Thanet archaeologist reveals ‘ultra rare’ Neolithic discovery during appearance on BBC Digging For Britain

Steve Tomlinson talks about his amazing discoveries on Digging For Britain

When you have unearthed a 3,000-year-old, late Bronze Age toddler’s shoe which is the oldest found in the British Isles and the smallest Bronze Age shoe found in the world, you might think it is an achievement that you can never top.

But for Birchington archaeologist Steve Tomlinson that has turned out not to be the case. Just six months after discovering the shoe piece while mudlarking, the dad-of-two made another incredible find – a piece of tanned leather thought to be from a water bottle or foraging bag that dates back an incredible 4,488 to 4,600 years to the Neolithic period.

The discovery, made in March last year just 60 ft away from the spot on the Thames Estuary where Steve found the shoe, is “ultra rare” and the first piece of Neolithic leather ever found in the British Isles.

Steve with show host Professor Alice Roberts

Steve talked about the Bronze Age shoe and his latest find during an episode of Digging For Britain which was screened on BBC2 on Wednesday (January 10).

The shoe was carbon dated to 888-781BC, just under 3,000 years old and in the Late Bronze Age period.

The same process was used for the tanned leather piece and that was carbon dated to between 2578 BC – 2466 BC, making it some 1,700 years older than the shoe.

The tanned leather, the yellow is likely from beeswax and the red possibly from ochre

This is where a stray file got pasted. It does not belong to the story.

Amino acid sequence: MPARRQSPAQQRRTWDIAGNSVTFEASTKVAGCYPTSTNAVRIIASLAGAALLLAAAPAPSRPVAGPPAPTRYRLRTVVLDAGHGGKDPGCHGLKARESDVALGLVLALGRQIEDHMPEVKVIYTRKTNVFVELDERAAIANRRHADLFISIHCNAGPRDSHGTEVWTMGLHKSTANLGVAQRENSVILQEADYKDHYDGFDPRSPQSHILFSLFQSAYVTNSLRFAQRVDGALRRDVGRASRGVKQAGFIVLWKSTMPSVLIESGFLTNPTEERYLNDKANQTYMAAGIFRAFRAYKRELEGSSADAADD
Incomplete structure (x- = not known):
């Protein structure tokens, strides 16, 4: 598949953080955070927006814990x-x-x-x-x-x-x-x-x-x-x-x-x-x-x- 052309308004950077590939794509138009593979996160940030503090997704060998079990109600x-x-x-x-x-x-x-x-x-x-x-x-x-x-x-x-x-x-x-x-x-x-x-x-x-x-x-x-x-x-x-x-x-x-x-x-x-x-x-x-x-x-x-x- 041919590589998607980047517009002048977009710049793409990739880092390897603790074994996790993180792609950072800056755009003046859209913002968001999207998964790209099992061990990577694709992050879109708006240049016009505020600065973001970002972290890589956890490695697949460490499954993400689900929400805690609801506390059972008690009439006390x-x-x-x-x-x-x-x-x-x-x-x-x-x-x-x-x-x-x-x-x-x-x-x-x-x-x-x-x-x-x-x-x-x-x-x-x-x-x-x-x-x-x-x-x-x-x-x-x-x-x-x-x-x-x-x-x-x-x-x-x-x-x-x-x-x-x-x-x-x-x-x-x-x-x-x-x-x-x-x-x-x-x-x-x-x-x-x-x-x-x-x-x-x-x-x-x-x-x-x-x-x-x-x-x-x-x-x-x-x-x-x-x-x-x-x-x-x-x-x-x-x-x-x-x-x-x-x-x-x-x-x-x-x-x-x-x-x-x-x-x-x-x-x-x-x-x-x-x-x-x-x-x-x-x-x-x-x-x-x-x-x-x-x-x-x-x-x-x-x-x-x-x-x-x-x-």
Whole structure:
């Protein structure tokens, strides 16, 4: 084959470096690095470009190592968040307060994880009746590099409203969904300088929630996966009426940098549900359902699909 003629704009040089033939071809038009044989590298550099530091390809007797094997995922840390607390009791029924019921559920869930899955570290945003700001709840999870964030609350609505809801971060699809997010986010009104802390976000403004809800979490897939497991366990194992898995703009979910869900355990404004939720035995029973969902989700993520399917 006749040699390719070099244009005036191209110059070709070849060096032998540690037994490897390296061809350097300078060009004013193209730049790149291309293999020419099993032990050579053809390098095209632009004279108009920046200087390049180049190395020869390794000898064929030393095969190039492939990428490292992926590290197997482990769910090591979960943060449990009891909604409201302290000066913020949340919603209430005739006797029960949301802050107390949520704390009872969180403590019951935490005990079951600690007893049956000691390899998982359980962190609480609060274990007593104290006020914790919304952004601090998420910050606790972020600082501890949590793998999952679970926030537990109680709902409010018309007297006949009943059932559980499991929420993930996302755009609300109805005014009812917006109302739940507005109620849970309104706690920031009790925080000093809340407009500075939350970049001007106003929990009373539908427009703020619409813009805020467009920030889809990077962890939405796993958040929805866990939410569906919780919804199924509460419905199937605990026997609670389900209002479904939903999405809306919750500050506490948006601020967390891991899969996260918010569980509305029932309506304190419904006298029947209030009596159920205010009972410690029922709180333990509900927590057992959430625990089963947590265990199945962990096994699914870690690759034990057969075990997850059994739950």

Steve said: “It’s extraordinary. It’s late Neolithic and between 4,600 – 4,488 years old. After meetings with the British Museum we think the leather is either part of a bag or a third part of a leather water bottle. The leather looks like it has been tanned inside and outside and this could be with beeswax which was very popular for waterproofing in the Neolithic period.

“This item dates to the time when the circle was built at Stonehenge.

“As far as we know it is the oldest piece of leather found in Britain and, to date, the first piece of Neolithic leather ever found in the British Isles.”

A red staining found on the leather may also be tanning agent, possibly from Ochre which is a type of clay and was also used by Neolithic man for waterproofing.

Prehistoric textiles like the shoe and the tanned leather bag or bottle rarely survive. The only chance is by finding them in anaerobic conditions such as bogs and mud, which prevent oxidation and chemical degradation.

This means the shoe and the tanned leather – which measures 21 centimetres across – are both of massive national and world importance.

Steve said: “It is so exciting, to be the same date as Stonehenge is crazy. This is the same time when the Sphinx and the great pyramids of Giza  were constructed. (The tanned leather) is 1,700 years older than the Bronze Age shoe so it’s broken my own record.”

The tanned leather is currently with conservator experts and Steve will be having further meetings with the British Museum about its future preservation.

Steve said: “No tanning has ever been found on British shores from before the Roman period. It has been found in Europe but not in Britain for that time period so it is extremely rare.

“We have had professionals looking at it over the last few months and they are convinced there is definitely some kind of curing on it so it makes sense for it to be a water bottle or, if it’s a bag, a foraging bag which they would have to waterproof as well.

“Further meetings will go ahead with the British Museum and there is an extremely exciting future for it.”

Digging For Britain episodes, including the latest one with Steve, can be accessed on BBC iPlayer.

Archaeologist who discovered ‘world’s smallest’ Bronze Age toddler’s shoe to feature on BBC’s Digging for Britain